A minute fraction of Higgs particles produced at the LHC accelerator at CERN appears to decay into a Z particle and a photon. Clues to this come from a new combination of measurements from ATLAS and the competing CMS experiment.
Earlier, both experiments at the LHC accelerator reported separate measurements of the extremely rare decay of the Higgs particle to two electrons or muons (created from a Z particle) and a photon.
Those measurements were not yet statistically strong enough for firm conclusions. Combining all the data from ATLAS and CMS now yields a result with 3.4 sigma. For physicists, that is enough to speak of a clue.
The measurements used are from the second measurement period of the LHC accelerator, so-called Run-2 between 2015-2018. It is expected that with even more data from the current LHC Run-3, the decay of Higgs to Z and a photon will be conclusively seen.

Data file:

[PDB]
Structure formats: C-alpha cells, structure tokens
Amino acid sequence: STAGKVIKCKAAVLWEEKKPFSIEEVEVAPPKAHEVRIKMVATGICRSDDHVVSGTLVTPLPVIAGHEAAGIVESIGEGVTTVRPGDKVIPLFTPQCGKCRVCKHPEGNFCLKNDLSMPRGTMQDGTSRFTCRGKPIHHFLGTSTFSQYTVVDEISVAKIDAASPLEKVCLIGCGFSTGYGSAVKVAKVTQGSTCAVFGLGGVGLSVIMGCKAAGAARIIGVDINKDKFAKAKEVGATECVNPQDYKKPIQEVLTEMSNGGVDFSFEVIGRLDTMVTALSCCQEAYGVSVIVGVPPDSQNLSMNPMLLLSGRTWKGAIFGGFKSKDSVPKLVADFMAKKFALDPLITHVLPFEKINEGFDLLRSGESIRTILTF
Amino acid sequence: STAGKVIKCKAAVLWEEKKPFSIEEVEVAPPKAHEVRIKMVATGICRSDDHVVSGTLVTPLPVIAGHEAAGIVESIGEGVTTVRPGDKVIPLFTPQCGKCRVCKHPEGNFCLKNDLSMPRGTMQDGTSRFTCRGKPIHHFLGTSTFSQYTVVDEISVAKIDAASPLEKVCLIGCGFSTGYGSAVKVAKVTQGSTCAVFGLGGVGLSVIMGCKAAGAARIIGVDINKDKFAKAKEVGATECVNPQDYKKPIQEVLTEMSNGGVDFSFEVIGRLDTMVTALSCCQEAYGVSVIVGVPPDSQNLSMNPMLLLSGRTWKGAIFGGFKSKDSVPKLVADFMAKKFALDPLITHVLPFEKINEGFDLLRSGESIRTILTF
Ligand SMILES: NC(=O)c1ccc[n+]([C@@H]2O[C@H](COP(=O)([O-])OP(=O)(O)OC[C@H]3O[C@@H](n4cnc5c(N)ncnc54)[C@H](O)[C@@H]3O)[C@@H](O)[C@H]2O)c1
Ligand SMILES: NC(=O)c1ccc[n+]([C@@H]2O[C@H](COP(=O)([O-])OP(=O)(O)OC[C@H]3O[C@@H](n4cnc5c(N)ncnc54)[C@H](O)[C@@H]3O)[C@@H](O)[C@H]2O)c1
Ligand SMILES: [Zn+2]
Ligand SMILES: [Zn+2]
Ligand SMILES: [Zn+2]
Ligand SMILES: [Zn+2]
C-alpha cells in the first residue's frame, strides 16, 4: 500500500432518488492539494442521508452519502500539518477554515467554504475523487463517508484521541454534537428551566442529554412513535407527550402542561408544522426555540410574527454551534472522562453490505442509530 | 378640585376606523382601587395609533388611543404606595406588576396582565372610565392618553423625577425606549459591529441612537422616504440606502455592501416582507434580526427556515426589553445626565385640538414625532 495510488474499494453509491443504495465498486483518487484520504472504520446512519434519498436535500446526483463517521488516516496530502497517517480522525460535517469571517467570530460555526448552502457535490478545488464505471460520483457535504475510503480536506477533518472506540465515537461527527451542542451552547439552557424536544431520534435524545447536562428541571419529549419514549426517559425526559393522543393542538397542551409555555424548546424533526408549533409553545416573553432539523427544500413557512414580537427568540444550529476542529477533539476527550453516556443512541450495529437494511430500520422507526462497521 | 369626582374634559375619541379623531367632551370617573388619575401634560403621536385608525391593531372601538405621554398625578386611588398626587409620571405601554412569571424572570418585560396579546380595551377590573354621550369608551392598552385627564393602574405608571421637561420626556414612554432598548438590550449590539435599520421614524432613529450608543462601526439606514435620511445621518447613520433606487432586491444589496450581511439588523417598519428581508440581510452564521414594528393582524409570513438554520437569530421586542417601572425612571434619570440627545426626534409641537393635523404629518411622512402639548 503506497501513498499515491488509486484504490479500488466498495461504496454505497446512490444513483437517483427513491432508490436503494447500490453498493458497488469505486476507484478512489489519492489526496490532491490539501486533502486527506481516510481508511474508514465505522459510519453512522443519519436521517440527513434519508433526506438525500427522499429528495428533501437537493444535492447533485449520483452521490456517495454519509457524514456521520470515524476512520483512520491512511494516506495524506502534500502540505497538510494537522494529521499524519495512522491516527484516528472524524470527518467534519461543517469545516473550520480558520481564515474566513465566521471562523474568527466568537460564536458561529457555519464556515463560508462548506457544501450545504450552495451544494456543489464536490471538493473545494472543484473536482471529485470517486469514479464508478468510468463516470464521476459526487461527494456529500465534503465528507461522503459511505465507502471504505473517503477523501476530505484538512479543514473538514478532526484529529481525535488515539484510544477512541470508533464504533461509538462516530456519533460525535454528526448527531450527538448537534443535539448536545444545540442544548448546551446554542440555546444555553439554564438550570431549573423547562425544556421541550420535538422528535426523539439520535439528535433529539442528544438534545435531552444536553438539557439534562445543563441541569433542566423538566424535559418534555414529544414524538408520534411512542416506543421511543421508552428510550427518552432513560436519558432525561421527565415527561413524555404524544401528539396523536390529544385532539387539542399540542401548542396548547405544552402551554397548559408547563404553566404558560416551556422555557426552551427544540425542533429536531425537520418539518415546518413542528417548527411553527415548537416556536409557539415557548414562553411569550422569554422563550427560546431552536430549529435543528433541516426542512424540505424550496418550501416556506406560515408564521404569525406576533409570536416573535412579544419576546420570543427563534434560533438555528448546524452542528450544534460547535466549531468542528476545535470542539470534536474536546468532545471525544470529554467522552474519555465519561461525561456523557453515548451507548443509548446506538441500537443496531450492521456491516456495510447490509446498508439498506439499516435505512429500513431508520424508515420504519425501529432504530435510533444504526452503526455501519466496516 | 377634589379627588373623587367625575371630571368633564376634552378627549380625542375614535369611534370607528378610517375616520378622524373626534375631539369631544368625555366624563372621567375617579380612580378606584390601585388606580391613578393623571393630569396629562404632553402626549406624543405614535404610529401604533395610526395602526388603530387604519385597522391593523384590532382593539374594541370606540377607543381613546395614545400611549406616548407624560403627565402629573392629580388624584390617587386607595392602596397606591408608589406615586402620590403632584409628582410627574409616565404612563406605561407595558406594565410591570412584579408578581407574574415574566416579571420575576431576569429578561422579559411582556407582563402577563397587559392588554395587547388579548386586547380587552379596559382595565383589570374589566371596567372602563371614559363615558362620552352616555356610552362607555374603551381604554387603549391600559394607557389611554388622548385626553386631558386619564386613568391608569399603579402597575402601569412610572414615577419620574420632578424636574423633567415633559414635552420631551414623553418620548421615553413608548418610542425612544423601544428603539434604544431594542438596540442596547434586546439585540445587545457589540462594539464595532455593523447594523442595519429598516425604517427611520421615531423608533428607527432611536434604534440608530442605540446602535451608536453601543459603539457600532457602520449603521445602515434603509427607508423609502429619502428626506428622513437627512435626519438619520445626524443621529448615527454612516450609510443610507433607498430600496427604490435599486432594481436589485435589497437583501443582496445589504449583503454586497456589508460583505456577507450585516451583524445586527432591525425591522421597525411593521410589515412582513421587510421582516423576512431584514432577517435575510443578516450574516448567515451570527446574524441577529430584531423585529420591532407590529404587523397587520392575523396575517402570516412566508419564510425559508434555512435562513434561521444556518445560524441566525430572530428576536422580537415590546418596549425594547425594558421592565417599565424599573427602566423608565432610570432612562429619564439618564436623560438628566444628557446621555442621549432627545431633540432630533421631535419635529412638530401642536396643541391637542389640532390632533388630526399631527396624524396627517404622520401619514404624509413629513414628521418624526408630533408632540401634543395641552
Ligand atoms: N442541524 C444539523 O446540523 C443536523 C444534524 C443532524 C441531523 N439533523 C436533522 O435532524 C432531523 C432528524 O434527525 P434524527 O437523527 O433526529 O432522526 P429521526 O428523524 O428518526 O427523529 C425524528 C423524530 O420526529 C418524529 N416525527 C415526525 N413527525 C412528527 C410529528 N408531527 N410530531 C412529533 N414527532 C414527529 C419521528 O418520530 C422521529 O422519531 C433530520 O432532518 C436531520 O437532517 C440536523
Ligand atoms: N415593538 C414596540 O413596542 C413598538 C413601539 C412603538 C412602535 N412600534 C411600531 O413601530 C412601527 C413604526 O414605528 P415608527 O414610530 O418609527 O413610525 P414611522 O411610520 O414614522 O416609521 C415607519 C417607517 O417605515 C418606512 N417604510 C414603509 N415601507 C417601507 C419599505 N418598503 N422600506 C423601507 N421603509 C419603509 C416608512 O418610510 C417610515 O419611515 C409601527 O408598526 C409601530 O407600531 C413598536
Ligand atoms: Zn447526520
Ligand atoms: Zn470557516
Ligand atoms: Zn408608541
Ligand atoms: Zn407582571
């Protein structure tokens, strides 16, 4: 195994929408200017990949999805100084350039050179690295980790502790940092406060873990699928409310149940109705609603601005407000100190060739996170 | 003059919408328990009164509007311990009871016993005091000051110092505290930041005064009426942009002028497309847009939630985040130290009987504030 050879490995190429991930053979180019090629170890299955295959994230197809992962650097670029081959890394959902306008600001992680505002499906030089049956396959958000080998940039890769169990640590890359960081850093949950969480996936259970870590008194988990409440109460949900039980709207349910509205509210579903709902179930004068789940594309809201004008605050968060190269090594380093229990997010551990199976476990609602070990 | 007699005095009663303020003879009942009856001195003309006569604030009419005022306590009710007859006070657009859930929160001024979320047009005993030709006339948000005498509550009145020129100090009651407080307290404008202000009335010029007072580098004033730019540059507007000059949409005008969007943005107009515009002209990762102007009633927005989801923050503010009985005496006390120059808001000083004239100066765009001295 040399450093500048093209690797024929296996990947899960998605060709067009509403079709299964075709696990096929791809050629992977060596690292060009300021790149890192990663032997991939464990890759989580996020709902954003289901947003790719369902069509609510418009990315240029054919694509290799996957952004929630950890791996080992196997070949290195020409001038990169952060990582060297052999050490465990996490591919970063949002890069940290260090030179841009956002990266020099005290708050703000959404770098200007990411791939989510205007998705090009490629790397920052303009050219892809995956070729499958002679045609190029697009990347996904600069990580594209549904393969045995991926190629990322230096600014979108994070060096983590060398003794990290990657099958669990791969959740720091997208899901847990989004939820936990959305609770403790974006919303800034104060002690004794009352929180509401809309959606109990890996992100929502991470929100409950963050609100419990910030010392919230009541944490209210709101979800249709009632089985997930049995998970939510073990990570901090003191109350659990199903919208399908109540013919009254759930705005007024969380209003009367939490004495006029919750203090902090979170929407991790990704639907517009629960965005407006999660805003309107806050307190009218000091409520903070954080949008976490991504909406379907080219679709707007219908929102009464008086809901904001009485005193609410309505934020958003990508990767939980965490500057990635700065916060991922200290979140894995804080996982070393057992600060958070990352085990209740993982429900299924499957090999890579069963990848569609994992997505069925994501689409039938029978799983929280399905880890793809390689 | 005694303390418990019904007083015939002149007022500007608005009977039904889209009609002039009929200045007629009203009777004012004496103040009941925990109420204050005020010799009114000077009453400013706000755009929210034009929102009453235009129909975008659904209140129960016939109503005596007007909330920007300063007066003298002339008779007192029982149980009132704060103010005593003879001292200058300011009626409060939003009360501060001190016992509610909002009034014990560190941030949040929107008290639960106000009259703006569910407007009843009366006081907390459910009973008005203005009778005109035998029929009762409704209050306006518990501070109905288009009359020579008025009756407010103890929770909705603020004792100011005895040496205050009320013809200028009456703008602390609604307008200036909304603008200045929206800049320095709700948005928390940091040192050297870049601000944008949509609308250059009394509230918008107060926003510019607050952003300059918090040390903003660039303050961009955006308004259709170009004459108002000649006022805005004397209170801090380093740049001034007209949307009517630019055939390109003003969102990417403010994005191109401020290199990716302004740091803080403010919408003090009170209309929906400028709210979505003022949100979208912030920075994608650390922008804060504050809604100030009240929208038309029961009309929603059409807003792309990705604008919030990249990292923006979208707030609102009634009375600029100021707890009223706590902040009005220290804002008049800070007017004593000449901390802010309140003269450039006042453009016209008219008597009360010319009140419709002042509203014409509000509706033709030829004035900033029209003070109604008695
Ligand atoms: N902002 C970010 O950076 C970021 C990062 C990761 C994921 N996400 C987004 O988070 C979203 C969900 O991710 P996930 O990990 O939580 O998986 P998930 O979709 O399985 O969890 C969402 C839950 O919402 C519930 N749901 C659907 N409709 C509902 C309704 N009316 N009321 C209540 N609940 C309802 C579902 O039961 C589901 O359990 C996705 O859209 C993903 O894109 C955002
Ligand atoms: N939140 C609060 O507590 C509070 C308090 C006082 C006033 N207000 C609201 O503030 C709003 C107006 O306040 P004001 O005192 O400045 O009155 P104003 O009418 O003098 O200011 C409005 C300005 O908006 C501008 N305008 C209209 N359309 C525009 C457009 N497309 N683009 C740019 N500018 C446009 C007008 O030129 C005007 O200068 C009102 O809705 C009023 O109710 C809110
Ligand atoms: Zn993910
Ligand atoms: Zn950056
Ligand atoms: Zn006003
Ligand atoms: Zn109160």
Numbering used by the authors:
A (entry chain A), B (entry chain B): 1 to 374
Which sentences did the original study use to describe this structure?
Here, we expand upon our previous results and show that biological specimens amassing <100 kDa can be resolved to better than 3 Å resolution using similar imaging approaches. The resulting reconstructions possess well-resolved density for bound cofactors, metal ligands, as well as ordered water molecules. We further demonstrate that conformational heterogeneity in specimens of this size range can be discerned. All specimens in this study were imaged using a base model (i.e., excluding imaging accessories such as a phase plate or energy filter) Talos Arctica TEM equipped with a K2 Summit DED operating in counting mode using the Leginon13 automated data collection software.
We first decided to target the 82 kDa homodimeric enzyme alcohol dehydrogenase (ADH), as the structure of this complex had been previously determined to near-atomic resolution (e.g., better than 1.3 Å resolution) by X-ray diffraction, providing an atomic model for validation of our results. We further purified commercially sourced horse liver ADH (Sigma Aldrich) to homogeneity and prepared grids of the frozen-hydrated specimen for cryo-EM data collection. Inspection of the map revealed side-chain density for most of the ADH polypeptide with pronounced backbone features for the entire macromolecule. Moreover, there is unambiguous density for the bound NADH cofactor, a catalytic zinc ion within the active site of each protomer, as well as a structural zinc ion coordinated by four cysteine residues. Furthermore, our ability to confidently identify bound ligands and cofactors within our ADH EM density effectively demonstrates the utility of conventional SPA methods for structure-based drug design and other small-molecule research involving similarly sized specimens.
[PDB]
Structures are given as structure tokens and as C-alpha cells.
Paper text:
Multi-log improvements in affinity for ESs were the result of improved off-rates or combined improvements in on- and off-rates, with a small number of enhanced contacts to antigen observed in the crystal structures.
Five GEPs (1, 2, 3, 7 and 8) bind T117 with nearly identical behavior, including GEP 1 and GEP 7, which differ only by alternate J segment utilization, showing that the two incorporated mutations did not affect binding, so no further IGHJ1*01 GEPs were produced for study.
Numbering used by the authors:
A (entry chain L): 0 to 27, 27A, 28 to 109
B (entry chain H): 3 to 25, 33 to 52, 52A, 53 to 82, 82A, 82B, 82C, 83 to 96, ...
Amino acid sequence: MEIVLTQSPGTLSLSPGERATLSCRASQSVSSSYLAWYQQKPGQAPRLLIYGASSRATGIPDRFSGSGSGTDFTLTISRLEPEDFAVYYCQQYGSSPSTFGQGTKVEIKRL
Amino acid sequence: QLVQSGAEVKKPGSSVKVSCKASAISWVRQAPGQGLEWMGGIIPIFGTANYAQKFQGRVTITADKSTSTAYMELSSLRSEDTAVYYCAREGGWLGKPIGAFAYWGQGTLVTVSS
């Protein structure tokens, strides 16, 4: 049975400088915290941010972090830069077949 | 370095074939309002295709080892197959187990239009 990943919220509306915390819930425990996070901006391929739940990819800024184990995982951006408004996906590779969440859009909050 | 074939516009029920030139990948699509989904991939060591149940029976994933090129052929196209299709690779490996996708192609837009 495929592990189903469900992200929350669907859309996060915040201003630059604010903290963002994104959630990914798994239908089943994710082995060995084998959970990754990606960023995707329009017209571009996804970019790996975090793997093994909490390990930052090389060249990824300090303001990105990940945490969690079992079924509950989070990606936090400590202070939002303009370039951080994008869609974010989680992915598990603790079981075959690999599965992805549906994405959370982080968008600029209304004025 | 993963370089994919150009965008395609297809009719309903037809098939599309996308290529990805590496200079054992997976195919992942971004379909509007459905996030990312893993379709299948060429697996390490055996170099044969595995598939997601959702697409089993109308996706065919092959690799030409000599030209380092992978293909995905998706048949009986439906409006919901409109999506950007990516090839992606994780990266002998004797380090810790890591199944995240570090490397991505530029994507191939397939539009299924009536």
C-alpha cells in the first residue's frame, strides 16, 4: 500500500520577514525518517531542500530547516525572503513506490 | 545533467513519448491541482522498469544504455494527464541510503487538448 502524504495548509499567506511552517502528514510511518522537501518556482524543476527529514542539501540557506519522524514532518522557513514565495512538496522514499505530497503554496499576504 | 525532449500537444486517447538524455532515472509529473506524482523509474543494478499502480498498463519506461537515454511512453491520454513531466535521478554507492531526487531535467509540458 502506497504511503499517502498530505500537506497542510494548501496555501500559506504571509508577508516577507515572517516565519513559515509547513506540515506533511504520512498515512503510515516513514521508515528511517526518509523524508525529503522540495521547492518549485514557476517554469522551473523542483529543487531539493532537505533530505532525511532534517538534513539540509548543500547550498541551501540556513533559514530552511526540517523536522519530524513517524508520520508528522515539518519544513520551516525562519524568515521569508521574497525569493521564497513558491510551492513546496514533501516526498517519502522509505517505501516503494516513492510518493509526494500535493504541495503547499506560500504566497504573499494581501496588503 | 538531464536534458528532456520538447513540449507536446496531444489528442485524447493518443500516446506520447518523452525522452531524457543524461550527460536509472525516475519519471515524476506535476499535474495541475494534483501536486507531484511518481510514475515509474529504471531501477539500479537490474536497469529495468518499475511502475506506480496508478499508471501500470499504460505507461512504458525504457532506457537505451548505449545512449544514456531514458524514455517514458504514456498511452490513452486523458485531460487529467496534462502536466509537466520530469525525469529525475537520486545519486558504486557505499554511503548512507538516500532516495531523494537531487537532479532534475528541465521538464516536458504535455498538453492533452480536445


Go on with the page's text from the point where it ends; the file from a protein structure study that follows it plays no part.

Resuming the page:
Those analyses are already being worked on, said Nicolo de Groot of Radboud University and Nikhef, who was involved in the work with a PhD student. The earlier ATLAS result had 2.2 sigma relevance.
Measurements of a rare higgs decay to Z and a photon has spearheaded experiments at CERN since the higgs particle was found there in 2012. The Higgs particle is intimately involved in the mechanism that gives elementary particles their mass according to the Standard Model.
Rare decay processes such as to Z and a photon are important because they can reveal any deviations from the Standard Model. This is because they can only occur through subtle processes, which are sensitive to any unknown particles or forces.
According to the Standard Model, about 0.15 percent of the Higgs particles decay to Z and a photon. This makes the decay very difficult to measure. In the data, it would create a narrow peak against a smooth background of electrons, muons and photons.
The measurements are important, though, says physics coordinator at ATLAS and Nikhef researcher Pamela Ferrari in a commentary in this month’s CERN Courier. Some theoretical extensions of the Standard Model predict other decay rates, for example, if the Higgs were composed of even smaller elements.
There is no evidence of that as yet. The new combined measurements seem mostly consistent with the predicted value according to the Standard Model.